Bang in the centre of the bottom bit of the Scottish Highlands, this just about qualifies as the Cairngorms making for a rollercoaster ride up, down and in on the A9.
You can get here by train, as did Victorian toffs at the time, all the way from fancy London and all top-hatted and tittering at all talk of the tossing of cabers, no doubt.
 Which, by the way, is the best road in the UK by at least 250 country miles.
Just outside of the station, you'll encounter a fountain, 'gifted' to the town by a local lad done good who'd made a bundle selling Singer™ sewing machines in Brazil, seriously.
Some missionary work may have been involved and Peter Alexander Cameron MacKenzie, who couldn't sound any more Scottish, save a Hamish, was even awarded the title of the Count de Serra Largo, whatever or wherever that is?
This from the King of Portugal, no less, for 'mysterious' services in South America but as for MacKenzie's benevolent gesture? A little self-indulgent, perhaps, and it's bet the good folk of Kingussie would have preferred some flushing lavs back in 1911.
Kingussie's war memorial commemorates a time not long after that in a green and open space, not that they're short of that in these parts.
This, indeed, looks to be a base for ramblers of a certain age so SlyBob should fit right in, right? They're all kitted out to be off and up into the not-too-strenuous-looking foothills and not just a looping walk to a little, local waterfall but there's no time for neither of those today.
No, there's an RSPB™ reserve nearby and it's gonna need a right good looking at!
Recently re-opened and sizeable operation that's named after the old landowning laird who founded the town. Archie MacDonald is at the bar, haggling over a haunch of venison with which to pay the staff at his debt-ridden estate.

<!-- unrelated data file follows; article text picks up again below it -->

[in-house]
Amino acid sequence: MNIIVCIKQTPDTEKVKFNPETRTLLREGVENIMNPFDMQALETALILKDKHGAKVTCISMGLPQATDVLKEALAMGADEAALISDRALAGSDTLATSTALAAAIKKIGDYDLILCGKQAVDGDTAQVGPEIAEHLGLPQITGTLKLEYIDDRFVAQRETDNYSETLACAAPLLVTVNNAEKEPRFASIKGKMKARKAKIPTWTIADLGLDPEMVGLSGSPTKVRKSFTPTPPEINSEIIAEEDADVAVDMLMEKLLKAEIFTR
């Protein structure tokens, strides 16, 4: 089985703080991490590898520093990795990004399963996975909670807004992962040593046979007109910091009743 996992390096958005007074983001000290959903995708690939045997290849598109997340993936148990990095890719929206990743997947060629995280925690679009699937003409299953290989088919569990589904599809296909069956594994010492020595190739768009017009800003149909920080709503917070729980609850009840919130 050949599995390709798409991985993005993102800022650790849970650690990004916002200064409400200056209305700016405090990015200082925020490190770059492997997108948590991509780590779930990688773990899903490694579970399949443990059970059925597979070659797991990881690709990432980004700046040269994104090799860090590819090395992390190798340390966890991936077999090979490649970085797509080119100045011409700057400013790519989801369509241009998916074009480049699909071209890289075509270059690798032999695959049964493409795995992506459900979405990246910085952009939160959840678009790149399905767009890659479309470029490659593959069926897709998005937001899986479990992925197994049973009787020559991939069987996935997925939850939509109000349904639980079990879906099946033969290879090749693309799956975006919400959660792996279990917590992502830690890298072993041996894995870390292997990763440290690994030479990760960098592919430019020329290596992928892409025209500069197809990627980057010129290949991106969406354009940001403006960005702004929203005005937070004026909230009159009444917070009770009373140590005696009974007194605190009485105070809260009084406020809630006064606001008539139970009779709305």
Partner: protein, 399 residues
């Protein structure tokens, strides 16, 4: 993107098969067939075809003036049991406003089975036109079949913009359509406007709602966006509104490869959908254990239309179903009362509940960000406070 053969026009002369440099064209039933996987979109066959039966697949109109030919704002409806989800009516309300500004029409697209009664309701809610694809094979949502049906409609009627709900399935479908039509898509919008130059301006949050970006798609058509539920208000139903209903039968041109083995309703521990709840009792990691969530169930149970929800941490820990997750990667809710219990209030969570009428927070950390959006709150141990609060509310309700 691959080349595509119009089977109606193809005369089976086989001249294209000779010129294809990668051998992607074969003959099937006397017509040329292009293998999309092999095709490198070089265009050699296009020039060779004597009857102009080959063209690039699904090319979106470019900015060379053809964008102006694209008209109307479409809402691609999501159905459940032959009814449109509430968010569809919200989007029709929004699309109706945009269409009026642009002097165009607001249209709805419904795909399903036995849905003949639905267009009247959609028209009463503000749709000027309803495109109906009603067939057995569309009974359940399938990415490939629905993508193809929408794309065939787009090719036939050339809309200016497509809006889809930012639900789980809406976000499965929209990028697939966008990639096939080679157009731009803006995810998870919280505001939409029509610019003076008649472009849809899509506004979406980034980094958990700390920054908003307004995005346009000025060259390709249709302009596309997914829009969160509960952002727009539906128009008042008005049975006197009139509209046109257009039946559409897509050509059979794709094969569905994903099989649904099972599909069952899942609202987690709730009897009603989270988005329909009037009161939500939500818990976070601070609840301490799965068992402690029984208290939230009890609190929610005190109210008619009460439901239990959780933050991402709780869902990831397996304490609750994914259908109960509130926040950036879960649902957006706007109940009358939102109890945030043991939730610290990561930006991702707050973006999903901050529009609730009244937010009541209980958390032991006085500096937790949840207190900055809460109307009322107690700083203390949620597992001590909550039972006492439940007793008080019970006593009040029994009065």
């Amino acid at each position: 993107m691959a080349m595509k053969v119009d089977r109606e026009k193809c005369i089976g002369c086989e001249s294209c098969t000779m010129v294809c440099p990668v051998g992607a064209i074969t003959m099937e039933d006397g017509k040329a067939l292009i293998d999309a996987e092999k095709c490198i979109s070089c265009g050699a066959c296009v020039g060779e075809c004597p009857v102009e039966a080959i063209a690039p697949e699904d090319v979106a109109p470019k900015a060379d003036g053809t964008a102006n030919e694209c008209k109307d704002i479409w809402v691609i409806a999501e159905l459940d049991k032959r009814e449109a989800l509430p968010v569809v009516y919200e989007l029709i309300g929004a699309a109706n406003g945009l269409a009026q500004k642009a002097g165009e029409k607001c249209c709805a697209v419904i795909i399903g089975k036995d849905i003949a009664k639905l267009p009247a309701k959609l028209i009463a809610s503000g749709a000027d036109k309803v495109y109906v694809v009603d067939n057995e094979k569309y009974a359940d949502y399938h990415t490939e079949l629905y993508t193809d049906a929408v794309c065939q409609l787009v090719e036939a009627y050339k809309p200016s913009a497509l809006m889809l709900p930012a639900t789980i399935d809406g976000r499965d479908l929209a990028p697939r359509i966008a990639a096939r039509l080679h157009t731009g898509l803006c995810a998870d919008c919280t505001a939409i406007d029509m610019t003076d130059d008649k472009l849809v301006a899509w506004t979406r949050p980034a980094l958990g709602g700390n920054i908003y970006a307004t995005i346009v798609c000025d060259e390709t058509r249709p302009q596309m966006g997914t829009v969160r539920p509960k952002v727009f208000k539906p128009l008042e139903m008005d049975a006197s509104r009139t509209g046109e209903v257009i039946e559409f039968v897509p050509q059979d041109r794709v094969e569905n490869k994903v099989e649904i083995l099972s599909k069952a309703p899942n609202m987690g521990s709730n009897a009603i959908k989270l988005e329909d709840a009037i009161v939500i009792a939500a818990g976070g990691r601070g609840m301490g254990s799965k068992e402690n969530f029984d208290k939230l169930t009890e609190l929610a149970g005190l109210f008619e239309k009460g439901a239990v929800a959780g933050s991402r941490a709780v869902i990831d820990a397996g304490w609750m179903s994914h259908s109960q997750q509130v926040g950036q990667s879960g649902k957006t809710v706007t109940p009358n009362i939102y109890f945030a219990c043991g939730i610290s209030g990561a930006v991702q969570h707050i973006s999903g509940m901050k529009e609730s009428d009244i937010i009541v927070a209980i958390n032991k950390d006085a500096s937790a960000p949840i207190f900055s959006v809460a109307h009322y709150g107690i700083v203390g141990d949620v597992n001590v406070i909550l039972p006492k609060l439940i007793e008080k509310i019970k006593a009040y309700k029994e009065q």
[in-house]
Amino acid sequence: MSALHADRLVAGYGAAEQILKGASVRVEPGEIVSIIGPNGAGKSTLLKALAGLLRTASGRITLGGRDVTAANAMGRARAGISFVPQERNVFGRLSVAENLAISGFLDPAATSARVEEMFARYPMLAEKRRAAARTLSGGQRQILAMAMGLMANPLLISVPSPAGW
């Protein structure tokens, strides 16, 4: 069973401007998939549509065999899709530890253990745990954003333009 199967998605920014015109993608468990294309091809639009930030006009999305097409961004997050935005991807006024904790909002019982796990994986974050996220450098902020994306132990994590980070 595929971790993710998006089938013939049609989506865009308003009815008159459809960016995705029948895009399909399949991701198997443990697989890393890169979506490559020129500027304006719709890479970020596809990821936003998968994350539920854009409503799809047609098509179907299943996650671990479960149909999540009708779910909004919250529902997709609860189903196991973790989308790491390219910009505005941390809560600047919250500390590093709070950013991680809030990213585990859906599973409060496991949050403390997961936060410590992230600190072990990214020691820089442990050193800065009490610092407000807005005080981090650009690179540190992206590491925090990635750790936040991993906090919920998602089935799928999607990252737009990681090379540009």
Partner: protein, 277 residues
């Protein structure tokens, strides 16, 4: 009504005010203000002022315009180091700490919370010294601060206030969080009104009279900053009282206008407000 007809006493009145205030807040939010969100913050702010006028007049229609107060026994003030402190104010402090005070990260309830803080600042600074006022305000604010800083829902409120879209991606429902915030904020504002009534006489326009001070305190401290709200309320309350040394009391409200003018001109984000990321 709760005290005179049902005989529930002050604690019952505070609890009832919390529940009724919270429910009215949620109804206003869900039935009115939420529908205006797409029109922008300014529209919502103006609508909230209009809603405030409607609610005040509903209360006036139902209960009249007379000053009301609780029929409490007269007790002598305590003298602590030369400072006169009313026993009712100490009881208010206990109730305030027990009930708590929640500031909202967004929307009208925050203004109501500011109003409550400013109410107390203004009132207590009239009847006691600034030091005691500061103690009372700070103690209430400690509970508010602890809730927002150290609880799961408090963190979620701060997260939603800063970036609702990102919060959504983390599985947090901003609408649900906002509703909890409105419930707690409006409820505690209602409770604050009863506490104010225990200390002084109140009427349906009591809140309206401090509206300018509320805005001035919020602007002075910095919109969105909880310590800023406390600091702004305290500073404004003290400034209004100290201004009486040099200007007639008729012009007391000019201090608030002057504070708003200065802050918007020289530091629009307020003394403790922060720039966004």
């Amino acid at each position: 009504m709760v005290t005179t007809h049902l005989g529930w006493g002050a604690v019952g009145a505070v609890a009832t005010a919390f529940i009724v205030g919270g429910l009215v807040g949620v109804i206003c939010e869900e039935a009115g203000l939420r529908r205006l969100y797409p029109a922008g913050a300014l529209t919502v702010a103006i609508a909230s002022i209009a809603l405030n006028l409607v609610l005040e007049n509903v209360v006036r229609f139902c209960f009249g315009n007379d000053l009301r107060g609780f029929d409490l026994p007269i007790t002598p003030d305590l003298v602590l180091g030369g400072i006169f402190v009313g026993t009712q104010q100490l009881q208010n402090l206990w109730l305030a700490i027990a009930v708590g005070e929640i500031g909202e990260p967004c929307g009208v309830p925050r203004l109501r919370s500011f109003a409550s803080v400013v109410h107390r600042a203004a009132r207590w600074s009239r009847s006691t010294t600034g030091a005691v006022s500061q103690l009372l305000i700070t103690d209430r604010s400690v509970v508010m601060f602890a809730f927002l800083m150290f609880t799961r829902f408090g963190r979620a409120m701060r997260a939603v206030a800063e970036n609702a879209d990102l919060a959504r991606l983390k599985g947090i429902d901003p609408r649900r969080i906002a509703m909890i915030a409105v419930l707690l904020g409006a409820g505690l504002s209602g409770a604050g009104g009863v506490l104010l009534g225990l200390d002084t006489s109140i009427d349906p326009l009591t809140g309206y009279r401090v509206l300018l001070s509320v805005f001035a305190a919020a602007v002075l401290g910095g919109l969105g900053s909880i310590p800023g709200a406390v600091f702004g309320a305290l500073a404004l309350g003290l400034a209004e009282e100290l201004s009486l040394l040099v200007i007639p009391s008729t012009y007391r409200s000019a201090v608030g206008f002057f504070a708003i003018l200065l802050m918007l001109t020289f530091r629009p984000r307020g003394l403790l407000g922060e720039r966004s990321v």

Oh! Hang on! That was Monarch of the Glen and they filmed some of it in here 20 years before the refurbishment.
Heading out south past the train station and under the, quite frankly, magnificent A9, there's something in the distance that could conceivably be a castle?
Ruthven Barracks, however, ain't no castle rather the remarkably intact remains of a very early, 18th-century, erm, barracks.
Constructed under the instruction of General George Wade, he had been sent up to Scotland to sort out the succession of Jacobite Rebellions, which were, quite simply, getting on George I's nerves.
Various ding-dongs ensued ending up with the place set afire by a handful of home supporters following a disappointing home defeat at Culloden.
It can't have been much of a fire, the remnants are essentially the aftermath and Historic Environment Scotland will let you in and around for nowt.
Not wishing to skirt around the most important period in Scottish history, probably, that does appear to be what has just happened but there's an RSPB™ reserve nearby, remember?
There's a hint of the terrain from the back of the barracks looking back at Kingussie, the floodplain of the River Spey, Scotland's fastest flowing and famed provider of salmon and whisky but no, not that kind of pickled herring.
What it is not, however, is a great provider of whistling wildlife with just a solitary duck and what's probably a pigeon, neither shown.
That, however, is down to the unseasonably cold and continuing spring of 2021 and the Insh Marshes RSPB™ Reserve is 10-kms2 of migrating waders and ospreys, when in season.
It's less than a mile from the barracks and also free to wander in and around, donations welcome, and they've even laid on a viewing platform for a closer look at that duck.
Meanwhile, back in Kingussie, things are only starting to reopen after stage whatever it was of you-know-what although, amazingly, the tribal rug importers, seriously, are still trading along there.
There's another 'gift' to the town up on the left, this one a clocktower from a random New Zealander and from where it's a short trot to Boa Vista Road.
The clue's in the name where there's more fine work from the Count de Serra Largo or Peter Alexander Cameron Hamish MacKenzie, remember him? It might just be an unpaved track with four turn-of-the-century cottages, not shown, but one thing's for sure...
They might have them, these days, but it was just a bit too early for the prodigal, Portuguese son to plumb in those flushing lavs.
That's why the good folk of Kingussie had to pretend to be grateful for a fountain.